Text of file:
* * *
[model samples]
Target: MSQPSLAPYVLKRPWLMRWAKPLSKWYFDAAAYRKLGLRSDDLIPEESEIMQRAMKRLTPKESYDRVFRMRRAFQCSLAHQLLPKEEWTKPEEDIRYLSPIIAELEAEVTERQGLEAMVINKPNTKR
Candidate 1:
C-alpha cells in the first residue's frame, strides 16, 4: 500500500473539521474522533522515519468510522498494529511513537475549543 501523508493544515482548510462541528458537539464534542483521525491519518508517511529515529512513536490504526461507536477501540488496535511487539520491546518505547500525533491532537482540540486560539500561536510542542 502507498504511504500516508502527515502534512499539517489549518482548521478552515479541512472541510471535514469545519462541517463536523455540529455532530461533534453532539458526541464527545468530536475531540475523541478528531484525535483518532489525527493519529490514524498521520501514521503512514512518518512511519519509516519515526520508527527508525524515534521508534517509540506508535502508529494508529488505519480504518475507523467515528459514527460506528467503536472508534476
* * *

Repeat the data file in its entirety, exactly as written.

[model samples]
Target: MSQPSLAPYVLKRPWLMRWAKPLSKWYFDAAAYRKLGLRSDDLIPEESEIMQRAMKRLTPKESYDRVFRMRRAFQCSLAHQLLPKEEWTKPEEDIRYLSPIIAELEAEVTERQGLEAMVINKPNTKR
Candidate 1:
C-alpha cells in the first residue's frame, strides 16, 4: 500500500473539521474522533522515519468510522498494529511513537475549543 501523508493544515482548510462541528458537539464534542483521525491519518508517511529515529512513536490504526461507536477501540488496535511487539520491546518505547500525533491532537482540540486560539500561536510542542 502507498504511504500516508502527515502534512499539517489549518482548521478552515479541512472541510471535514469545519462541517463536523455540529455532530461533534453532539458526541464527545468530536475531540475523541478528531484525535483518532489525527493519529490514524498521520501514521503512514512518518512511519519509516519515526520508527527508525524515534521508534517509540506508535502508529494508529488505519480504518475507523467515528459514527460506528467503536472508534476